The Haven at College launches a Peer Mentoring and Monitoring program serving students considering recovery and those looking to return to school from treatment programs.
Students who are considering a sober life or are ready to step down from a treatment program and return to college now have an opportunity for a unique support system at five colleges. This fall, the Haven at College — an organization that assists students in recovery from substance use disorders through support services, residence housing and outpatient centers — launched its Peer Mentoring and Monitoring program at the schools it currently serves: Drexel University in Philadelphia; University of California, Santa Barbara; University of San Francisco; University of Redlands in California; and the University of Southern California. However, the program extends to other students from nearby universities as well. For example, The Haven at Santa Barbara also serves students at Santa Barbara Community College.
The innovative program pairs students who are considering recovery and those who are in treatment programs ready to reintegrate back into a college setting in a supportive environment with peers who are in established recovery. Recovery Campus spoke to Aly Ries, Director of Admissions and East Coast Development about how the Haven’s program is effective in assisting demographics that are often underserved.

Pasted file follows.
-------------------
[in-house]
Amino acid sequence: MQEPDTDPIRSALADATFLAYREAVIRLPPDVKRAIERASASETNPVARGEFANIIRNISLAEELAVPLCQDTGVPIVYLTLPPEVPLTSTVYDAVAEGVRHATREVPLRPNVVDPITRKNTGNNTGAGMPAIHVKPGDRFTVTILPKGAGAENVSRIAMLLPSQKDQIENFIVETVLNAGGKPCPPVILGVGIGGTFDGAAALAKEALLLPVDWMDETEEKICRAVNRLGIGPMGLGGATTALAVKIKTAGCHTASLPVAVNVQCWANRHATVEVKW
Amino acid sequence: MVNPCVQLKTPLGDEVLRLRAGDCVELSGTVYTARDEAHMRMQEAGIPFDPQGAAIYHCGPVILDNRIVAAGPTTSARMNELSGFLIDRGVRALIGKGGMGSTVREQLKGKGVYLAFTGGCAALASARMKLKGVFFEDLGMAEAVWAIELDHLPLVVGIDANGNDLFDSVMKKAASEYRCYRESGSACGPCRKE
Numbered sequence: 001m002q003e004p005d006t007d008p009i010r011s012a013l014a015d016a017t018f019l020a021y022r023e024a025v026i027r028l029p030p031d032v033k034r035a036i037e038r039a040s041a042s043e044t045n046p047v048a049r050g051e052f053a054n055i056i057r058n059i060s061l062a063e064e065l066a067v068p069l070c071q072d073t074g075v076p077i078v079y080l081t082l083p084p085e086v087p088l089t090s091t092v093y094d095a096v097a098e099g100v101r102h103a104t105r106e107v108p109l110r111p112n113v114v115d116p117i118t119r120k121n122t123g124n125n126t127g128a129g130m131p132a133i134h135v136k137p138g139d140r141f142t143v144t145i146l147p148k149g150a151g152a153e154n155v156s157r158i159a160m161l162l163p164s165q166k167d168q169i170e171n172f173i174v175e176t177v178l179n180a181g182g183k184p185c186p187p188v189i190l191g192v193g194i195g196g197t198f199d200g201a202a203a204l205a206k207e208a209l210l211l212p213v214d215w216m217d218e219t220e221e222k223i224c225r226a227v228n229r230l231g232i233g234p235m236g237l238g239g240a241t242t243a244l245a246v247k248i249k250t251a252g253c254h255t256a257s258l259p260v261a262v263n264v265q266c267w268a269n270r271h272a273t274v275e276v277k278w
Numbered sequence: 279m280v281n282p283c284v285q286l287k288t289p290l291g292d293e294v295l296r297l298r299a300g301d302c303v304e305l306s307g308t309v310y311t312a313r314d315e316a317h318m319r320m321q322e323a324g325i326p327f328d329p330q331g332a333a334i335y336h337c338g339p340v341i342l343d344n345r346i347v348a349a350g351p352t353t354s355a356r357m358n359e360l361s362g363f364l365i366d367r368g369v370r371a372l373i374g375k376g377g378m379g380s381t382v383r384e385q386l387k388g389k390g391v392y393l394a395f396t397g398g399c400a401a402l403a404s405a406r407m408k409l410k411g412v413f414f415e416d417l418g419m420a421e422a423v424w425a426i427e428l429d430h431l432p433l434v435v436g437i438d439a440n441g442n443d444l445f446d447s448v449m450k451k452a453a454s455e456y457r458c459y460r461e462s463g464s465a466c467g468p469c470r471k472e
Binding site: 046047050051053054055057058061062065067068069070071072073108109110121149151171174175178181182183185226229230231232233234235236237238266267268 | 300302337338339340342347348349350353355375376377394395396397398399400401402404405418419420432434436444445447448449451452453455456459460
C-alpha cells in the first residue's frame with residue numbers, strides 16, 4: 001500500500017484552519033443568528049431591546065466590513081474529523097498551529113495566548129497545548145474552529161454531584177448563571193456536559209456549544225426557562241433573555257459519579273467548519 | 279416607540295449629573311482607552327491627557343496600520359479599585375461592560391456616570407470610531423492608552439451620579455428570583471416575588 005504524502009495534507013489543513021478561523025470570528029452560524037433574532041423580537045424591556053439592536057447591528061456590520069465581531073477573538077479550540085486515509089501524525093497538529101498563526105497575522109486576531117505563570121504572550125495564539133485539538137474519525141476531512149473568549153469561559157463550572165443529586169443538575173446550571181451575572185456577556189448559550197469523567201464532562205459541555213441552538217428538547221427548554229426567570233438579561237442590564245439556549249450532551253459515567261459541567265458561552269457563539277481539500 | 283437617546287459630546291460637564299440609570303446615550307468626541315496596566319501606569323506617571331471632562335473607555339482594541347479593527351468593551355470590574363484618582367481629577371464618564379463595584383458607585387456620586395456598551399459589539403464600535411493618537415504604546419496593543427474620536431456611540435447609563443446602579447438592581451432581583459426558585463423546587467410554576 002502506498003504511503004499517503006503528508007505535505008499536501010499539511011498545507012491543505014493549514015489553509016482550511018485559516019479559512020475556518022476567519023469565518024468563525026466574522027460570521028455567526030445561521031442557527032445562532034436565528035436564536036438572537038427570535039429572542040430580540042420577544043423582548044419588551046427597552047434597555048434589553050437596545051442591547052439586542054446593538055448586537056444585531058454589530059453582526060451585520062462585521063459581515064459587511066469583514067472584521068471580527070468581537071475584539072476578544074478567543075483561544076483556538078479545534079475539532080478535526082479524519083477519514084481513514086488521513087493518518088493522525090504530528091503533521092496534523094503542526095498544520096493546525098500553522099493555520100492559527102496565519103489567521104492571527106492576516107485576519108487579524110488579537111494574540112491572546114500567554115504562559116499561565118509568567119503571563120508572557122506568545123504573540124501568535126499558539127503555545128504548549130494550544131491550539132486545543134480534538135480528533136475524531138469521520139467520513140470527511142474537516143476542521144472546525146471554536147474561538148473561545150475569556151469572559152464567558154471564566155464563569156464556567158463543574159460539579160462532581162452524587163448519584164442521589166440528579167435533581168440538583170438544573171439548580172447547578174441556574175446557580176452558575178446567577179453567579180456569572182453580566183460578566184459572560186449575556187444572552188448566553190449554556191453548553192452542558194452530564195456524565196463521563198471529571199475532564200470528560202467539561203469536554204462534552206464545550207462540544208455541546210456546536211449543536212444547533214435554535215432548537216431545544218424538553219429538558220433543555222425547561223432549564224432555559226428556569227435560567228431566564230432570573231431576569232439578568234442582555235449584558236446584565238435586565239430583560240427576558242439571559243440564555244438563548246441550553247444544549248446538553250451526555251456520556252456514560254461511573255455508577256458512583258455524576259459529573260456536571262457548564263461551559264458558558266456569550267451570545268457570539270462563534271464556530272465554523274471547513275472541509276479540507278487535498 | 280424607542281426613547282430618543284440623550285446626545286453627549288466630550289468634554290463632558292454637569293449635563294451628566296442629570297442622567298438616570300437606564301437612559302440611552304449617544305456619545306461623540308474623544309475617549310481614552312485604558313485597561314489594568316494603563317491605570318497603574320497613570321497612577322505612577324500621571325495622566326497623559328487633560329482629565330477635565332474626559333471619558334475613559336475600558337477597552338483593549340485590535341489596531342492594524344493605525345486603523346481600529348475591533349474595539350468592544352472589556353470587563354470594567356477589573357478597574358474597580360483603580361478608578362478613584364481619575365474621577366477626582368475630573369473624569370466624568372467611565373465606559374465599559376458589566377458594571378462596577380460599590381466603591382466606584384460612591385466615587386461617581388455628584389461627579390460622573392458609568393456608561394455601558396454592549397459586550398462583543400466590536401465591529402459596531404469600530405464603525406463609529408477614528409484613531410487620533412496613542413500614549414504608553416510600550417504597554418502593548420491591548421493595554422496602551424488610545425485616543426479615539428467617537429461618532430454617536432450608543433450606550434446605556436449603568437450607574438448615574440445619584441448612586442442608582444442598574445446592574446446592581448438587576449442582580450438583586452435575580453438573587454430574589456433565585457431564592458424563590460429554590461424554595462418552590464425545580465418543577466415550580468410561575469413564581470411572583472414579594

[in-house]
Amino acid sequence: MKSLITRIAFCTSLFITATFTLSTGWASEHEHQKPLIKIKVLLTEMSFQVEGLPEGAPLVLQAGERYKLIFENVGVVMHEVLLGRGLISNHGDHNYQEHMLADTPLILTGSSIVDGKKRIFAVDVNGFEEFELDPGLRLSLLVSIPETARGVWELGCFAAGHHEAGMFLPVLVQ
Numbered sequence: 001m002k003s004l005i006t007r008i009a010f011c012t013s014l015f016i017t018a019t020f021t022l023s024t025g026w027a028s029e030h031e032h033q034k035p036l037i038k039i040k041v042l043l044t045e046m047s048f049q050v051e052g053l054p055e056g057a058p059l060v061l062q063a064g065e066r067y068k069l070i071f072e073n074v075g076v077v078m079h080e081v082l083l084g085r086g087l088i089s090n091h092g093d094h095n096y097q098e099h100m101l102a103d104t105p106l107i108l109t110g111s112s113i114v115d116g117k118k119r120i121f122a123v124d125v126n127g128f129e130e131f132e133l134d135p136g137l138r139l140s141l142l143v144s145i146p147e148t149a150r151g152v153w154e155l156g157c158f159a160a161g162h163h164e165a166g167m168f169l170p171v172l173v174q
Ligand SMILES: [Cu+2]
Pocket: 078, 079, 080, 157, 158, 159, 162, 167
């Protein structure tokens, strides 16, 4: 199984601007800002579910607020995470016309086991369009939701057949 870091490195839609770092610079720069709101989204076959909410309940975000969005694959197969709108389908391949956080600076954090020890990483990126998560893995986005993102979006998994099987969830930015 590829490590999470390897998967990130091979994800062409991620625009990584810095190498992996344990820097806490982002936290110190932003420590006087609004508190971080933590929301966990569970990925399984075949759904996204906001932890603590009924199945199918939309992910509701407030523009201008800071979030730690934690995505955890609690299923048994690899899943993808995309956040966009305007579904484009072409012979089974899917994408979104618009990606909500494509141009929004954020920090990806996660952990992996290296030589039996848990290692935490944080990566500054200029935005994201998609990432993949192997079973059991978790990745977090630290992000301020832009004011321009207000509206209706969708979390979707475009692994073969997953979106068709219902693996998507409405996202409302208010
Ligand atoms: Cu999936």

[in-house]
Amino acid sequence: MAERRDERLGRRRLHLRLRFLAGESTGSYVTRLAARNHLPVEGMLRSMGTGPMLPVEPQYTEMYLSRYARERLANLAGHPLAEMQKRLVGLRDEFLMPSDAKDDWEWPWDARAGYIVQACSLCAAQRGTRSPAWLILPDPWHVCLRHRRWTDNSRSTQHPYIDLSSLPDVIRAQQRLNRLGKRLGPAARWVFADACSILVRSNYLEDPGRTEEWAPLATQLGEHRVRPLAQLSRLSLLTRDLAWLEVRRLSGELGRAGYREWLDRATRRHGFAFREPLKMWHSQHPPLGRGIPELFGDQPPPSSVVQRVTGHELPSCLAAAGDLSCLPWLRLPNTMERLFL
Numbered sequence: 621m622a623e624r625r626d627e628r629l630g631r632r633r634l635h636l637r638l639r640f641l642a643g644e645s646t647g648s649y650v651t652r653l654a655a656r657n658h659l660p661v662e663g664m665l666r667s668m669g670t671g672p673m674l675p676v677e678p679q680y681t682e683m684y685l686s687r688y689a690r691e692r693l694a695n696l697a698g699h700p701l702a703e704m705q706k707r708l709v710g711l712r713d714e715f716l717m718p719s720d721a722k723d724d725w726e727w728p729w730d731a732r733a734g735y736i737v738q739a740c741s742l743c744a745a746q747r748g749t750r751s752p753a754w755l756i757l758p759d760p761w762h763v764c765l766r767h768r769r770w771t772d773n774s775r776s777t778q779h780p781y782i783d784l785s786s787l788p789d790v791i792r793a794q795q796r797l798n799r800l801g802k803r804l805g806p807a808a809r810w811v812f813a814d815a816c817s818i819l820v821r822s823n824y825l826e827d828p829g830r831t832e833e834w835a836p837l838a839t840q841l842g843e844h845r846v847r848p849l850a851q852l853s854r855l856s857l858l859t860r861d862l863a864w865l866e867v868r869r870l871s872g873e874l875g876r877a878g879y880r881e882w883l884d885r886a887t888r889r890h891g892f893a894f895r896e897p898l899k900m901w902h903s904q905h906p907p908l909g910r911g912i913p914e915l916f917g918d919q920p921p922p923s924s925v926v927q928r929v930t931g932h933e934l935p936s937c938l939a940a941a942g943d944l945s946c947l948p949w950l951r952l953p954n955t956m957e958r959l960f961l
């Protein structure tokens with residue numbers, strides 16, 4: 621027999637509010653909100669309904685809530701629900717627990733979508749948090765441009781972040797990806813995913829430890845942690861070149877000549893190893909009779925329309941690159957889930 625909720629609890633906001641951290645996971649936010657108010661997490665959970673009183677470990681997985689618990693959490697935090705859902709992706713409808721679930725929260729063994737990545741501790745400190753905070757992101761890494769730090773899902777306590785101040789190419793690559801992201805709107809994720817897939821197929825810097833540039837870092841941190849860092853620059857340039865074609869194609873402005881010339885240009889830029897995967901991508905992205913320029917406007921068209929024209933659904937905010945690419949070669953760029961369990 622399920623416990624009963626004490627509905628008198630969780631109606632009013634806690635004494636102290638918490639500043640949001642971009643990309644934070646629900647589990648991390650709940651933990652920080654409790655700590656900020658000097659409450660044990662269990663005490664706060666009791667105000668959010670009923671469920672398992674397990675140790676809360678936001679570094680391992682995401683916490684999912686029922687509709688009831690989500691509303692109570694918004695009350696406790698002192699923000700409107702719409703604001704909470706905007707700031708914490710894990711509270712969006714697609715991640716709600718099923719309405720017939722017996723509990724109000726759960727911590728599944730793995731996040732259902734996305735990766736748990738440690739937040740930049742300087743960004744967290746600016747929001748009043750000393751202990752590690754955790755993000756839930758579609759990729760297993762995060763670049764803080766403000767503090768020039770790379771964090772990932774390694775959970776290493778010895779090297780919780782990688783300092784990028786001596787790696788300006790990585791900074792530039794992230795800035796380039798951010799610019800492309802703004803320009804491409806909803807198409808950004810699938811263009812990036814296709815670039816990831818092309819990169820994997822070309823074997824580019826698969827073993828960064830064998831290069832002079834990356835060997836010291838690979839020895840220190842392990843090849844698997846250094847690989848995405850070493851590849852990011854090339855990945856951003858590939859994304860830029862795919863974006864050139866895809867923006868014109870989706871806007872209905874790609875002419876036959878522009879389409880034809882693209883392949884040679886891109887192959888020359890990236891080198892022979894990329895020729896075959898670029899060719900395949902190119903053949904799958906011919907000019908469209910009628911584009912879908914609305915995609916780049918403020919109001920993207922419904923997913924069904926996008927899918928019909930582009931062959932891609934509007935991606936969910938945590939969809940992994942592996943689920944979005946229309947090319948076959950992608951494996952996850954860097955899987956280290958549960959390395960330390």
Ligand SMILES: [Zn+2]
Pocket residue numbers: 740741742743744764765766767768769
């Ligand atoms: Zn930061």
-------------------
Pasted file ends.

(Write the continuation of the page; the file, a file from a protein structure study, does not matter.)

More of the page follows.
Recovery Campus: How did the concept of a peer mentoring and monitoring program originate?
Aly Ries: We noticed that at the schools we serve there was a huge population of students who were starting to experience consequences from their alcohol or drug use but weren’t at a point where they were ready to be abstinent or to receive an inpatient or intensive outpatient level of care. We wanted to work with these students to help them take a look at their relationship to substances and understand that there is an alternative way to experience their time in college.
The schools are so glad that a program like this exists. When we were creating this program, we heard over and over that there’s this missing link in connecting these students to services where they are just starting to experience the consequences but there’s nothing to offer them.
RC: Discuss the importance of the peer mentoring model.
AR: We have seen across our programs that there is nothing stronger than the peer connection, nothing that will make a larger impact on a student’s success. We believed that pairing students who were starting to struggle with their substance use with peer mentors who are in strong recovery would be a great way to give them exposure to recovery without necessarily telling them that that’s the direction they need to take.
RC: How does this model make it “acceptable” for these students to explore recovery?
AR: Our overall mission with the Haven is to reduce the stigma around struggling with substance use disorders and seeking help. We want these students to know that they don’t have to get to the point where they’re getting arrested, admitted to the hospital or dropping out of school to receive assistance. There are ways that they can examine their relationship to substances without making a long-term commitment.